Members: Dr Yongbing Xu, Mr Iain Will
Start Date: June 2008
Iron, nickel and other ferromagnetic materials can change shape when placed between the poles of a strong magnet; this is called magnetostriction. Magnetostriction is maximal when a material is fully magnetised and is quoted as a strain. The changes in shape can be relatively large if the material is a single crystal, in which all the atoms are aligned. The spaces between the atoms have electrons associated with them that are responsible for the materials magnetic properties. Each electron can be thought of as magnet which can be aligned by a strong external magnetic field so that the material becomes magnetised in one particular direction. Because of several factors (including the crystal shape), the ‘magnetic’ electrons can be aligned more easily in some directions than in others. This is called magnetic anisotropy.
The ‘magnetic’ electrons move in a new average direction during magnetisation and ‘pull’ their associated atoms with them. This changes the distance between adjacent atoms, giving rise to an overall change in shape. The process is called Joule magnetostriction, or the Villari effect. Interestingly, it is possible to stretch, or compress, a magnetic material in order to change the direction of its magnetisation (the average direction of the ‘magnetic’ electrons). This is called the inverse Joule, or Villari effect.
We grow magnetic films, several atoms thick, and strain them. Polarised laser light is used to observe what happens to the direction of magnetisation during straining. The plane of polarisation, of the light, rotates as the magnetic film is magnetised by an external magnetic field. This is called the Kerr effect and is proportional to the magnetisation of the film. We find that the direction of preferred magnetisation does indeed change with applied strain and we explore how this differs between films of different thickness. We have observed that when the films are only several atoms thick they have very different magnetoelastic properties than thicker films. The applications for this research include micro-machines, better materials for spin transport, strain gauges, accelerometers and many more.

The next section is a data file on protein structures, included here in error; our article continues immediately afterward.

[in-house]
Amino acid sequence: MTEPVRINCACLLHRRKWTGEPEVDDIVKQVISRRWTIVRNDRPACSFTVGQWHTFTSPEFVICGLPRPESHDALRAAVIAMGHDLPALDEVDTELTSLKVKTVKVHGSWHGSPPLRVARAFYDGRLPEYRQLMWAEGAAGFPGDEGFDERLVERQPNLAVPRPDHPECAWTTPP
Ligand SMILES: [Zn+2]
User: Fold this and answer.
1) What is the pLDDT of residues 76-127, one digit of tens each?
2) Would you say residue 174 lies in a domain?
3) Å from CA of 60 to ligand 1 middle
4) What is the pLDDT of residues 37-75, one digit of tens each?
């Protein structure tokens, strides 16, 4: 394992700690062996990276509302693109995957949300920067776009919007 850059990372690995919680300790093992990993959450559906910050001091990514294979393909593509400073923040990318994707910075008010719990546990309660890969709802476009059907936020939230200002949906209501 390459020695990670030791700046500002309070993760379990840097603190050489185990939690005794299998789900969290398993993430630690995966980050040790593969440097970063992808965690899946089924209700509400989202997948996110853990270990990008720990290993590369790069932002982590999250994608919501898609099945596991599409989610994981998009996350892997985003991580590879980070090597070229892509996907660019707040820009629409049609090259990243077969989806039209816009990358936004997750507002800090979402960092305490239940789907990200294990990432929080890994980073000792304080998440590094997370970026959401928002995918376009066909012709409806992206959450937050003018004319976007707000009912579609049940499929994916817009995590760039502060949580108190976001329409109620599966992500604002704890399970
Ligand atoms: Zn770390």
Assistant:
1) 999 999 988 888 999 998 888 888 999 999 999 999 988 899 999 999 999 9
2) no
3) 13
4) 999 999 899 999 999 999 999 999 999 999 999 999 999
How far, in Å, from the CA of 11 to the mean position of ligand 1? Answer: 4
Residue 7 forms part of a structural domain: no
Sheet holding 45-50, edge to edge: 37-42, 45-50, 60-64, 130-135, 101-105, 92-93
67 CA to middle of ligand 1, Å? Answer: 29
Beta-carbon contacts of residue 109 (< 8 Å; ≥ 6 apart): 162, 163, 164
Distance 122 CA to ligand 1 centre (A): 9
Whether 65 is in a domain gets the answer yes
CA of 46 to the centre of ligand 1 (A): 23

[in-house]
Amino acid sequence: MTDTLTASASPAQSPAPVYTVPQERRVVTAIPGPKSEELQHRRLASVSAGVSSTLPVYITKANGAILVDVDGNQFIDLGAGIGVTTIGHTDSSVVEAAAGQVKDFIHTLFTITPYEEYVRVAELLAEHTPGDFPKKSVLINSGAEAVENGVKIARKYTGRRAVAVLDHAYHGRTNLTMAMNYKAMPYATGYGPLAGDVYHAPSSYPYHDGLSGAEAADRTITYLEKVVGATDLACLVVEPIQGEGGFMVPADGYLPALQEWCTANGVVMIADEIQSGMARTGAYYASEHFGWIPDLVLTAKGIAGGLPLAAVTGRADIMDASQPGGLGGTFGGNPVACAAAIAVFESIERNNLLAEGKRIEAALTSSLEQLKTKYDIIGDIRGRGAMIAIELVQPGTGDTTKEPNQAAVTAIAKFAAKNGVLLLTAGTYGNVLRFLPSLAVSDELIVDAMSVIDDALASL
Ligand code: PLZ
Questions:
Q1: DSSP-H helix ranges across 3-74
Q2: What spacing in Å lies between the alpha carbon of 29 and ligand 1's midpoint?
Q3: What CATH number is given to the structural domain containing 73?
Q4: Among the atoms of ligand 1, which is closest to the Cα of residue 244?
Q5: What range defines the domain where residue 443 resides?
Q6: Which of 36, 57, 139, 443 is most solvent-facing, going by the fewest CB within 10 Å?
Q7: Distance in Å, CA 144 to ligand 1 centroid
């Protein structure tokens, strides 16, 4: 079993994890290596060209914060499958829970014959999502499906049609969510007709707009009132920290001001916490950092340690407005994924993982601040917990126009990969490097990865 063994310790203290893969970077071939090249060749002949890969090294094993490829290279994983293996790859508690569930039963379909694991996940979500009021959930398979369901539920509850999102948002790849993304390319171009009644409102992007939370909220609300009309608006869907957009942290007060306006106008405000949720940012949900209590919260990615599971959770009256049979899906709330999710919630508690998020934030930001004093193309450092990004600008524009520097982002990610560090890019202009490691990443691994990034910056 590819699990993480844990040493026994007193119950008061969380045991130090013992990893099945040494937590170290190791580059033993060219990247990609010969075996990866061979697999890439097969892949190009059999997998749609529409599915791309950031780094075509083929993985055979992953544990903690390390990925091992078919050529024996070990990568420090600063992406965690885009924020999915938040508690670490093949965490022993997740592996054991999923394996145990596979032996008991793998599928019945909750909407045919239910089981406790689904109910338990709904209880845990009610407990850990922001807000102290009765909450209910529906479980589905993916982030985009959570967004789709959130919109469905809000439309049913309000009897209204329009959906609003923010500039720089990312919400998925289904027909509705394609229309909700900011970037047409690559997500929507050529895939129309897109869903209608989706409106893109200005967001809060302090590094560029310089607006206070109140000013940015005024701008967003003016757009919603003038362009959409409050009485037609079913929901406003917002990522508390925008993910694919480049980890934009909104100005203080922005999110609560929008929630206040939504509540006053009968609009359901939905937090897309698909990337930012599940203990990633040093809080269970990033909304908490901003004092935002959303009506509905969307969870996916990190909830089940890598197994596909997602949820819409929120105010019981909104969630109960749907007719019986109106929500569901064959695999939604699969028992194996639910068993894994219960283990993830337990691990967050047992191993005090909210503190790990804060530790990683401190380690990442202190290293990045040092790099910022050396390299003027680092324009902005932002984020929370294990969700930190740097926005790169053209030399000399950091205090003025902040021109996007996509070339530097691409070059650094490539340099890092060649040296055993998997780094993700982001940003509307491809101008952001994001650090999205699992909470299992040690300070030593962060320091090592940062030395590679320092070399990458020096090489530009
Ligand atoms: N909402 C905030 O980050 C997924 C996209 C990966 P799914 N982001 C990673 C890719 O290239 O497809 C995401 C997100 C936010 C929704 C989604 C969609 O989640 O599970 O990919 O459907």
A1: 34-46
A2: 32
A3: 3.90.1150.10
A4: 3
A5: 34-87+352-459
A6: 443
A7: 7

Tohoku University in Japan, the University of York in the UK, and Technical University of Kaiserslautern in Germany are collaborating in a Core-to-Core Programme organised by the Japan Society for the Promotion of Science.
Our four key aims are to investigate a spin transistor with an optical gate, an all Heusler alloy MRAM cell, spin-transfer torque induced by the spin See-beck effect, and design a prototype logic circuit.